In Global South, countries should take advantage of available support from development partners to address climate change. For example, through Forum on China-Africa Cooperation (FOCAC), African countries should use this opportunity and intensify programs meant to address climate change.  This can be achieved by ensuring that resolutions of FOCAC Dakar Action Plan 2022-2024 in which China pledged to support African countries’ efforts in addressing climate change are all implemented.

The climate change crisis has shown that the status quo is weak and does not work. We cannot simply ignore the problem away. Our institutions and systems require radical change. This presents a unique opportunity to ‘reset’ our world into a more liveable place. If anything, the climate crisis has shown us that our current trajectory will lead us to extinction, therefore, we require to make radical reforms in our economic, social, and political systems to address current realities and ensure the continuation of our species.

Using the example of Uganda, which is commonly known as the pearl of Africa for its stunning scenery, extensive flora, and fauna, and diversity of cultures, a keen observer will notice the many negative consequences of climate change. The first thing to notice is the increasingly unstable and unpredictable seasons, reduction in forest cover, and the frequent onset of flooding and famine. All these phenomena and much more are closely related to climate change. Our old methods of farming, fishing, and exploitation of resources are failing us. Therefore, new more modernized farming methods have to be adopted, new technologies need to be learned, and government has to implement effective climate change mitigation measures. This means new education systems that will produce new experts. It also means we can have a new kind of green-oriented economy that will create new competitive sectors and jobs.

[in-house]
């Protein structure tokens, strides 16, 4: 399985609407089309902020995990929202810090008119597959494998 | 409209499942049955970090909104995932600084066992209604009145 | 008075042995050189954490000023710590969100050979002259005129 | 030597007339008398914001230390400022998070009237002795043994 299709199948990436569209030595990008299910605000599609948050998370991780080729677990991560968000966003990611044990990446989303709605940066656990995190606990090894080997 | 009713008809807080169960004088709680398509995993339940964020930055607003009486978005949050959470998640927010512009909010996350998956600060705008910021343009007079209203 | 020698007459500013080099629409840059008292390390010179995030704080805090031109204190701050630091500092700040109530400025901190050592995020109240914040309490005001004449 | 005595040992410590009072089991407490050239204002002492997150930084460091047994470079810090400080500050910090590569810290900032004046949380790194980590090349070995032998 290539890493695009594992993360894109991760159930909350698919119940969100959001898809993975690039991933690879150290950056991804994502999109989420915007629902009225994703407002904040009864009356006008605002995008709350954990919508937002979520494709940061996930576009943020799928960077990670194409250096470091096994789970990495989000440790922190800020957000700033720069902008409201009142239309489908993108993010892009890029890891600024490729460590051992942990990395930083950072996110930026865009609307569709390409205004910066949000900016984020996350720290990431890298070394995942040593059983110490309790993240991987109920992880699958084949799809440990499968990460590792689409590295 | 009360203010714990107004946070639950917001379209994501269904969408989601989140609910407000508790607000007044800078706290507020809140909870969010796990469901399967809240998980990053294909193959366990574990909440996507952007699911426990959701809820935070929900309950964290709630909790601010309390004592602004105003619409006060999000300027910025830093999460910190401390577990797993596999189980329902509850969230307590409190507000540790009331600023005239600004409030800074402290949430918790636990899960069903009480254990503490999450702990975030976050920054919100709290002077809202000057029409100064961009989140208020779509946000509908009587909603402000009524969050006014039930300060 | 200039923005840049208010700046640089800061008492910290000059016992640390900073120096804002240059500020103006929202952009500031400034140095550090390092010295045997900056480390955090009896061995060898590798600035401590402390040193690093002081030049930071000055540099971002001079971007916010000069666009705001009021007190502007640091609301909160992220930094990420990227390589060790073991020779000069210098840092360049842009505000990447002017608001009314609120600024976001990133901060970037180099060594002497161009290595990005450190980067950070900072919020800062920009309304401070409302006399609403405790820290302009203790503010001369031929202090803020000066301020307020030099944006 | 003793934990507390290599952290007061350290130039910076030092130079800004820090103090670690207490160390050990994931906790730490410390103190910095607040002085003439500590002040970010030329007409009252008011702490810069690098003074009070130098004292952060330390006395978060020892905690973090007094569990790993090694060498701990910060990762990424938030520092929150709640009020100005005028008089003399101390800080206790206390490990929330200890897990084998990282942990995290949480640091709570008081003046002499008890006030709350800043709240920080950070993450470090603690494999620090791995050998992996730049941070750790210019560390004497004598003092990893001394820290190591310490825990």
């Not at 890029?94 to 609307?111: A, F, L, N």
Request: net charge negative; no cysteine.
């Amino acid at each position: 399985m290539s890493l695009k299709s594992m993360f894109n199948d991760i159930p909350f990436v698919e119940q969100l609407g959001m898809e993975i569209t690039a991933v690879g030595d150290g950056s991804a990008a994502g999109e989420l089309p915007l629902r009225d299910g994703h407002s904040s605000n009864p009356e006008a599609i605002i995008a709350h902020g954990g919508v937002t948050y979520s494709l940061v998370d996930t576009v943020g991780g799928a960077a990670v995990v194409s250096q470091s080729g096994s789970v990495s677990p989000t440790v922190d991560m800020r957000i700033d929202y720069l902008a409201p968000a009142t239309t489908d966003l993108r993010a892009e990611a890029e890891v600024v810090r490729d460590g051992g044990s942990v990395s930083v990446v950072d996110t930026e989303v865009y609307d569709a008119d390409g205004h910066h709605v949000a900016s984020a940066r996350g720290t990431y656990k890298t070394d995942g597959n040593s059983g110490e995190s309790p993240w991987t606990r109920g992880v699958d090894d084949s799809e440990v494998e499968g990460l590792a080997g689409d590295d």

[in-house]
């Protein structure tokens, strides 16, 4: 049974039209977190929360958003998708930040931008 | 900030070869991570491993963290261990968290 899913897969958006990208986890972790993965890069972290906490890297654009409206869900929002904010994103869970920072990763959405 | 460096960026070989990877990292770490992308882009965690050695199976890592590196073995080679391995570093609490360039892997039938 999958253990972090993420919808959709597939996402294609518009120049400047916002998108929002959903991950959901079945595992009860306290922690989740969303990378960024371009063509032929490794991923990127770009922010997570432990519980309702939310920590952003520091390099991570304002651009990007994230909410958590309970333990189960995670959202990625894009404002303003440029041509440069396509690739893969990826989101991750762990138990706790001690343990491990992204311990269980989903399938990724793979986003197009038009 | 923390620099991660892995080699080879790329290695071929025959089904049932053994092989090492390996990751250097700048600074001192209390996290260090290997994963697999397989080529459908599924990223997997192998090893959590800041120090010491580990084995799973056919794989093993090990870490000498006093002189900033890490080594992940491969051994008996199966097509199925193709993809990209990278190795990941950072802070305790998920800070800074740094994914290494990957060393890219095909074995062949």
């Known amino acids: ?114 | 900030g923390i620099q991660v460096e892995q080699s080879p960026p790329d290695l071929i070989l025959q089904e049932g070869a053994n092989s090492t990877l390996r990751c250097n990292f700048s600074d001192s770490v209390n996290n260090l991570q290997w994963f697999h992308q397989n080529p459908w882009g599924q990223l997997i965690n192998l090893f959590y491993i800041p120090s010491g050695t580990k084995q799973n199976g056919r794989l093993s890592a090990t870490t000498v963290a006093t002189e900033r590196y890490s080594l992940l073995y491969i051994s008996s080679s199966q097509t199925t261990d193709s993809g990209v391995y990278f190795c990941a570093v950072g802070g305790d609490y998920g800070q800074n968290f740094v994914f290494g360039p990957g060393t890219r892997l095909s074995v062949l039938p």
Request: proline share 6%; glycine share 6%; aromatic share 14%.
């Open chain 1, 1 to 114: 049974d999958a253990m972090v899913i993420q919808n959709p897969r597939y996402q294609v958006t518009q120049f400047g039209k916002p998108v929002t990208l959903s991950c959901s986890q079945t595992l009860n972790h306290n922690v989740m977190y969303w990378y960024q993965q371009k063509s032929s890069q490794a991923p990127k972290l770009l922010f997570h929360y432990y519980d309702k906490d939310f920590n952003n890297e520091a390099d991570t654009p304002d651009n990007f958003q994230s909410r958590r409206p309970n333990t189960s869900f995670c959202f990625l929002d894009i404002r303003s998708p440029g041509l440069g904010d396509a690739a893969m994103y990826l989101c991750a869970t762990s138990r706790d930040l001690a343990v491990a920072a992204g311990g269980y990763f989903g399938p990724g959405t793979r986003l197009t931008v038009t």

It is true that the third world is unfairly affected by both climate change and climate change solutions. This is a challenge that international bodies need to take seriously and find means to address. The stage has been set in recent United Nations Climate Change Conferences to address the challenges in the global south even though progress is still rather slow. Perhaps this entails a detailed discussion for another day.

The Writer is a Research Fellow for Development Watch Center.


Development Watch Centre

Kampala - Uganda


Plot 212, RTG Plaza,3rd Floor, Office Number C7 - Hoima Road, Rubaga


+256 703 380252

© DWC - All rights reserved - Cookies Policy - Privacy Policy